Friday, May 11, 2012

Brooklyn Botanic Garden

Walk to the right from Eataly and you'll see a slim building that is featured on the cover of one of the city tourist brochures. Called the Flatiron (as in the iron for ironing your clothes. Duh), the triangular pointy part of the building on the ground floor is where famous artists want to exhibit their work.


Not an intentional pose, but it was a windy day.

A friend who went to NYC for the first time last year came back disappointed with the city. There were many noisy demonstrations (Occupy Wall Street) and streets were packed with people. Yes I saw a couple of protests in the 9 days I was in NYC but I loved the protests! The police escorted the protesters, the mood was fun and nobody got heated up about the issues. I live in a country where the government sprays chemical-laced water at protesters so I think the freedom to protest is divine. A society that can handle difference in opinions peacefully is mature and learned. I envy that.


If I thought the subway stations in London were archaic, I was in for a shock in NYC because the subway stations there are not just old but also run down. However, gone are the graffiti and homeless people.

We stayed in Manhattan and didn't venture to Brooklyn or Queens but one day Yi wanted to see MoMA PSI in Queens (north of the mainland) while I wanted to be in Brooklyn Botanic Garden for the annual sakura festival. The park has 200 mature cherry trees and is known as one of the best parks for cherry flowers viewing outside of Japan. I took the subway by myself for the first time that afternoon. The subway system in NYC is a little bit complicated but once you figure it out, it is quite easy to take.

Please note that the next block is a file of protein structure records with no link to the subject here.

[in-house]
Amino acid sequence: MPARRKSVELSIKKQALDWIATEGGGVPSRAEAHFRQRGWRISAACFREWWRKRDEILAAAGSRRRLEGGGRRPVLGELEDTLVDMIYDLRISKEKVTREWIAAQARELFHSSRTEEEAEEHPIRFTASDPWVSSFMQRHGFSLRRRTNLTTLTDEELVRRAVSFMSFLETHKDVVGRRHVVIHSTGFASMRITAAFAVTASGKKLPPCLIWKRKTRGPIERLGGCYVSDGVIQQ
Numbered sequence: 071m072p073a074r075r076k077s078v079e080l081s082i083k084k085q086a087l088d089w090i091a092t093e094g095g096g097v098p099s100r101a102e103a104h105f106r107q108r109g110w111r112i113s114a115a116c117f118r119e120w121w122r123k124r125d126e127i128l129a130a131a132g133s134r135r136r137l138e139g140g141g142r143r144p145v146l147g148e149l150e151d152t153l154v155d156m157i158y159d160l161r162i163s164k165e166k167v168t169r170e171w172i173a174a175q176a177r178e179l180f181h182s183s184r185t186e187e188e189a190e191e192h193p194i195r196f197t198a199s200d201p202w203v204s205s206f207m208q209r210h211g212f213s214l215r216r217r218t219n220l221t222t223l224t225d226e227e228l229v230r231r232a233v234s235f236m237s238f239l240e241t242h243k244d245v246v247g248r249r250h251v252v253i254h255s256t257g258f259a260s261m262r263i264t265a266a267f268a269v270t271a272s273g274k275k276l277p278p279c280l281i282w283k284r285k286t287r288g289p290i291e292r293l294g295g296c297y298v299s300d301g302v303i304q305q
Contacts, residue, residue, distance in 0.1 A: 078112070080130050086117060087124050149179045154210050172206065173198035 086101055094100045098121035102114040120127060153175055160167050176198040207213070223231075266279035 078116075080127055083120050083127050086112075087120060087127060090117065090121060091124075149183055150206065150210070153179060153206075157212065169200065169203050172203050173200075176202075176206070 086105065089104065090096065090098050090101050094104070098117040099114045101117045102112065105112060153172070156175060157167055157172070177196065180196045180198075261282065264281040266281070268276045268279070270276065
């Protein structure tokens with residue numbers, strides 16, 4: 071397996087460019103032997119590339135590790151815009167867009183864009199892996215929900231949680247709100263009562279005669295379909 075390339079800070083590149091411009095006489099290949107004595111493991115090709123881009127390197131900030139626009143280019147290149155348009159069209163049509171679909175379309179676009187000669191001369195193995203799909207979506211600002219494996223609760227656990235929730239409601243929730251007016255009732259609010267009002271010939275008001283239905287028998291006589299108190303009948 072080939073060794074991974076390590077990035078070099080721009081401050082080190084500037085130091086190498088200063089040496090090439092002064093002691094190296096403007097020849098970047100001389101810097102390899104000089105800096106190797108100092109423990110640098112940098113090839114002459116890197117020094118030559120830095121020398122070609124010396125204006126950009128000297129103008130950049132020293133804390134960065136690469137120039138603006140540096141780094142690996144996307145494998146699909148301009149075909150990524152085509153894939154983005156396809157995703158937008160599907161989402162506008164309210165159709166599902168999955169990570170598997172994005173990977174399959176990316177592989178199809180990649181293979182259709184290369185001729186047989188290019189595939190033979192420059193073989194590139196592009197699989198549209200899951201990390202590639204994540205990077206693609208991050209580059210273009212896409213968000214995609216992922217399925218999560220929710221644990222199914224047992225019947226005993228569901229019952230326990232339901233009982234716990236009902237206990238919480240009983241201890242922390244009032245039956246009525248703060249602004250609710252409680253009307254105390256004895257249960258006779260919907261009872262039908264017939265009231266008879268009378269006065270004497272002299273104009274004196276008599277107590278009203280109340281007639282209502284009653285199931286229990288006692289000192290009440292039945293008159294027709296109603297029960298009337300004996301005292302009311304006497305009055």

I asked at the entrance if the cherry trees were still in bloom, as my friend's tree in San Francisco was already putting out leaves. I was told that there was plenty of flowers so I paid the entrance fee of USD15. Big mistake, because the cherry flowers were all gone. I felt cheated. Central Park is free and I went all the way from Manhattan to Brooklyn and paid a fee to get into a park for something that's not there. The festival was still held however and the park was festive and merry.